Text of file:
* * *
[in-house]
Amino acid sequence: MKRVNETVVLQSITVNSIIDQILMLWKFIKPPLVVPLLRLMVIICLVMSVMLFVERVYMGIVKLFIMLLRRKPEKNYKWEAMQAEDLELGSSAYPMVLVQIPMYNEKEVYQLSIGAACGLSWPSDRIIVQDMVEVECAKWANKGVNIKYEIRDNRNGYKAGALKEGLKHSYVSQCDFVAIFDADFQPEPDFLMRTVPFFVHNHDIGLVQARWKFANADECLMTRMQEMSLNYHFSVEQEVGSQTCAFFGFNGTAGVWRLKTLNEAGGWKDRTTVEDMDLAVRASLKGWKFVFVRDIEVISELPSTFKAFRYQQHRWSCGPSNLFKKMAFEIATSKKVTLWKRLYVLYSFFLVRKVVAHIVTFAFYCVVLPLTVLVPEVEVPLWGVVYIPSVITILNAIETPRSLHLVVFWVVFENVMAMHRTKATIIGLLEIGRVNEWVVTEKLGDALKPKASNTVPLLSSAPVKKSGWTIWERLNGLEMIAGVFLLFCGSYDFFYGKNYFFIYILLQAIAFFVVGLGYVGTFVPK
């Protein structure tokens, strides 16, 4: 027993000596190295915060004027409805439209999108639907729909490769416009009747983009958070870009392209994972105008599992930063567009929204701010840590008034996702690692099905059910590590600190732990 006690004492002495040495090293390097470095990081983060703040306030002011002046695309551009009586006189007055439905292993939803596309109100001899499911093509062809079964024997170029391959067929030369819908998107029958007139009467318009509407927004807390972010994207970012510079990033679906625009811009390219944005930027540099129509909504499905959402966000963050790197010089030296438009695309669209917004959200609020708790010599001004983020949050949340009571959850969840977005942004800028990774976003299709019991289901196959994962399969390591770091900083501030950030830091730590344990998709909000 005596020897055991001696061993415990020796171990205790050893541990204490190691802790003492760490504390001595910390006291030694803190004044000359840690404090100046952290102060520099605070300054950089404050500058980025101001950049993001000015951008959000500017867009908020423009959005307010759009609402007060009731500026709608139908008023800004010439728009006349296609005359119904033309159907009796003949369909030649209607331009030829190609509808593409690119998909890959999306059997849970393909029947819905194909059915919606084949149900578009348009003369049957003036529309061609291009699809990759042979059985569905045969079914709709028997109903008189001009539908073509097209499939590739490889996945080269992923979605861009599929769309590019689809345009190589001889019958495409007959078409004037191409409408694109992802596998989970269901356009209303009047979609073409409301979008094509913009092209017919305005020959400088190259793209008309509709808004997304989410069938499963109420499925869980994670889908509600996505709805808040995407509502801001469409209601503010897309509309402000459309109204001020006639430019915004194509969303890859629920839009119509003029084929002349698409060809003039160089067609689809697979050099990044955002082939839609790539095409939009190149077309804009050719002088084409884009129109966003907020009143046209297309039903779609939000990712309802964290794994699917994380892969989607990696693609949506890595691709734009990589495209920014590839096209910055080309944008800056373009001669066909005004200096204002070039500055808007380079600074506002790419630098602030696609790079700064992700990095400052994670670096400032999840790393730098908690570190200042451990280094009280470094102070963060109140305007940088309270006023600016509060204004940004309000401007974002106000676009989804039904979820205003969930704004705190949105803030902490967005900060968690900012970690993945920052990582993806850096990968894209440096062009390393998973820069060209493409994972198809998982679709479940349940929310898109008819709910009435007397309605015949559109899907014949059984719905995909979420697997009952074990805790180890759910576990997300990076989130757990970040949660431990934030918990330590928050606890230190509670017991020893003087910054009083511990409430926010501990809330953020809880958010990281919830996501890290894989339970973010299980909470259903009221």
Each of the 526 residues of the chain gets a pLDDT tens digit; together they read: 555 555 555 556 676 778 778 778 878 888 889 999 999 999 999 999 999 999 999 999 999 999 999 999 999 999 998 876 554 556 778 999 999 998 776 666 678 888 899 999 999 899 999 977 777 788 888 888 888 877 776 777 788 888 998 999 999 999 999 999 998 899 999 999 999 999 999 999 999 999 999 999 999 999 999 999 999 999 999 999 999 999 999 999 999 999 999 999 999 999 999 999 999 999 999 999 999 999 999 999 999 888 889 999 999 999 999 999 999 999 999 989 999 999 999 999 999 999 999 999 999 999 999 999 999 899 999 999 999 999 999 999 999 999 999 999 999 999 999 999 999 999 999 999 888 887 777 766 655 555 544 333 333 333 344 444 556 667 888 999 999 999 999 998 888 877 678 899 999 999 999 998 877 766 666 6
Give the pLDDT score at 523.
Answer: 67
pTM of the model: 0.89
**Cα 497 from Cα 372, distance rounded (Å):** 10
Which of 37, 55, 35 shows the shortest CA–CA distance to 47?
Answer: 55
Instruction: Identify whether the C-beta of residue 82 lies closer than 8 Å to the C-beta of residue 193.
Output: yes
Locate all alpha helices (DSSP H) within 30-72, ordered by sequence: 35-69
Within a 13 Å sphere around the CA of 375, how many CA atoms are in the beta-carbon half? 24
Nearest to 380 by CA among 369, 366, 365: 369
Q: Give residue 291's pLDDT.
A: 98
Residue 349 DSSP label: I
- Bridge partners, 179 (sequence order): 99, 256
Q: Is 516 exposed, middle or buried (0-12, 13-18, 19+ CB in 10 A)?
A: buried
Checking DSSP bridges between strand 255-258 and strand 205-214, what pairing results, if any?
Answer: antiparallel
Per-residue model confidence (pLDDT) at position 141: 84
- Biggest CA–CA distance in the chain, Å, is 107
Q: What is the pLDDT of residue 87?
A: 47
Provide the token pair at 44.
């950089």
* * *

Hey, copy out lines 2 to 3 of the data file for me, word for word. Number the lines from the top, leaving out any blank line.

Amino acid sequence: MKRVNETVVLQSITVNSIIDQILMLWKFIKPPLVVPLLRLMVIICLVMSVMLFVERVYMGIVKLFIMLLRRKPEKNYKWEAMQAEDLELGSSAYPMVLVQIPMYNEKEVYQLSIGAACGLSWPSDRIIVQDMVEVECAKWANKGVNIKYEIRDNRNGYKAGALKEGLKHSYVSQCDFVAIFDADFQPEPDFLMRTVPFFVHNHDIGLVQARWKFANADECLMTRMQEMSLNYHFSVEQEVGSQTCAFFGFNGTAGVWRLKTLNEAGGWKDRTTVEDMDLAVRASLKGWKFVFVRDIEVISELPSTFKAFRYQQHRWSCGPSNLFKKMAFEIATSKKVTLWKRLYVLYSFFLVRKVVAHIVTFAFYCVVLPLTVLVPEVEVPLWGVVYIPSVITILNAIETPRSLHLVVFWVVFENVMAMHRTKATIIGLLEIGRVNEWVVTEKLGDALKPKASNTVPLLSSAPVKKSGWTIWERLNGLEMIAGVFLLFCGSYDFFYGKNYFFIYILLQAIAFFVVGLGYVGTFVPK
């Protein structure tokens, strides 16, 4: 027993000596190295915060004027409805439209999108639907729909490769416009009747983009958070870009392209994972105008599992930063567009929204701010840590008034996702690692099905059910590590600190732990 006690004492002495040495090293390097470095990081983060703040306030002011002046695309551009009586006189007055439905292993939803596309109100001899499911093509062809079964024997170029391959067929030369819908998107029958007139009467318009509407927004807390972010994207970012510079990033679906625009811009390219944005930027540099129509909504499905959402966000963050790197010089030296438009695309669209917004959200609020708790010599001004983020949050949340009571959850969840977005942004800028990774976003299709019991289901196959994962399969390591770091900083501030950030830091730590344990998709909000 005596020897055991001696061993415990020796171990205790050893541990204490190691802790003492760490504390001595910390006291030694803190004044000359840690404090100046952290102060520099605070300054950089404050500058980025101001950049993001000015951008959000500017867009908020423009959005307010759009609402007060009731500026709608139908008023800004010439728009006349296609005359119904033309159907009796003949369909030649209607331009030829190609509808593409690119998909890959999306059997849970393909029947819905194909059915919606084949149900578009348009003369049957003036529309061609291009699809990759042979059985569905045969079914709709028997109903008189001009539908073509097209499939590739490889996945080269992923979605861009599929769309590019689809345009190589001889019958495409007959078409004037191409409408694109992802596998989970269901356009209303009047979609073409409301979008094509913009092209017919305005020959400088190259793209008309509709808004997304989410069938499963109420499925869980994670889908509600996505709805808040995407509502801001469409209601503010897309509309402000459309109204001020006639430019915004194509969303890859629920839009119509003029084929002349698409060809003039160089067609689809697979050099990044955002082939839609790539095409939009190149077309804009050719002088084409884009129109966003907020009143046209297309039903779609939000990712309802964290794994699917994380892969989607990696693609949506890595691709734009990589495209920014590839096209910055080309944008800056373009001669066909005004200096204002070039500055808007380079600074506002790419630098602030696609790079700064992700990095400052994670670096400032999840790393730098908690570190200042451990280094009280470094102070963060109140305007940088309270006023600016509060204004940004309000401007974002106000676009989804039904979820205003969930704004705190949105803030902490967005900060968690900012970690993945920052990582993806850096990968894209440096062009390393998973820069060209493409994972198809998982679709479940349940929310898109008819709910009435007397309605015949559109899907014949059984719905995909979420697997009952074990805790180890759910576990997300990076989130757990970040949660431990934030918990330590928050606890230190509670017991020893003087910054009083511990409430926010501990809330953020809880958010990281919830996501890290894989339970973010299980909470259903009221």